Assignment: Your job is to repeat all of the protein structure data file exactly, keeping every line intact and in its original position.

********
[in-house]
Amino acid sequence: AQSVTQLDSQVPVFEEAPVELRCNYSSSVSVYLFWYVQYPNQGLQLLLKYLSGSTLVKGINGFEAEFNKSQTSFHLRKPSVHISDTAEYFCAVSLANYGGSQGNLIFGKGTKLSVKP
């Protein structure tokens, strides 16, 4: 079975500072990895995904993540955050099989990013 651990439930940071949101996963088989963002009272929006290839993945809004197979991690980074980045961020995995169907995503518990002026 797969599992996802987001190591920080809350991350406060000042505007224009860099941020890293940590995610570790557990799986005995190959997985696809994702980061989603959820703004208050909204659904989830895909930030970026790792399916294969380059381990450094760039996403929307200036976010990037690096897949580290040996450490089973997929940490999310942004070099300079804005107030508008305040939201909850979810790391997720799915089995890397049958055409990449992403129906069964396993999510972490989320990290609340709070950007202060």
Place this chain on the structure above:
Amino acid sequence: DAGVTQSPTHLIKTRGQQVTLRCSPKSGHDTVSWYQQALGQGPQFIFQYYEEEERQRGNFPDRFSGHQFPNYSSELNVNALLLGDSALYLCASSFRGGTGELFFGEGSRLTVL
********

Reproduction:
[in-house]
Amino acid sequence: AQSVTQLDSQVPVFEEAPVELRCNYSSSVSVYLFWYVQYPNQGLQLLLKYLSGSTLVKGINGFEAEFNKSQTSFHLRKPSVHISDTAEYFCAVSLANYGGSQGNLIFGKGTKLSVKP
């Protein structure tokens, strides 16, 4: 079975500072990895995904993540955050099989990013 651990439930940071949101996963088989963002009272929006290839993945809004197979991690980074980045961020995995169907995503518990002026 797969599992996802987001190591920080809350991350406060000042505007224009860099941020890293940590995610570790557990799986005995190959997985696809994702980061989603959820703004208050909204659904989830895909930030970026790792399916294969380059381990450094760039996403929307200036976010990037690096897949580290040996450490089973997929940490999310942004070099300079804005107030508008305040939201909850979810790391997720799915089995890397049958055409990449992403129906069964396993999510972490989320990290609340709070950007202060």
Place this chain on the structure above:
Amino acid sequence: DAGVTQSPTHLIKTRGQQVTLRCSPKSGHDTVSWYQQALGQGPQFIFQYYEEEERQRGNFPDRFSGHQFPNYSSELNVNALLLGDSALYLCASSFRGGTGELFFGEGSRLTVL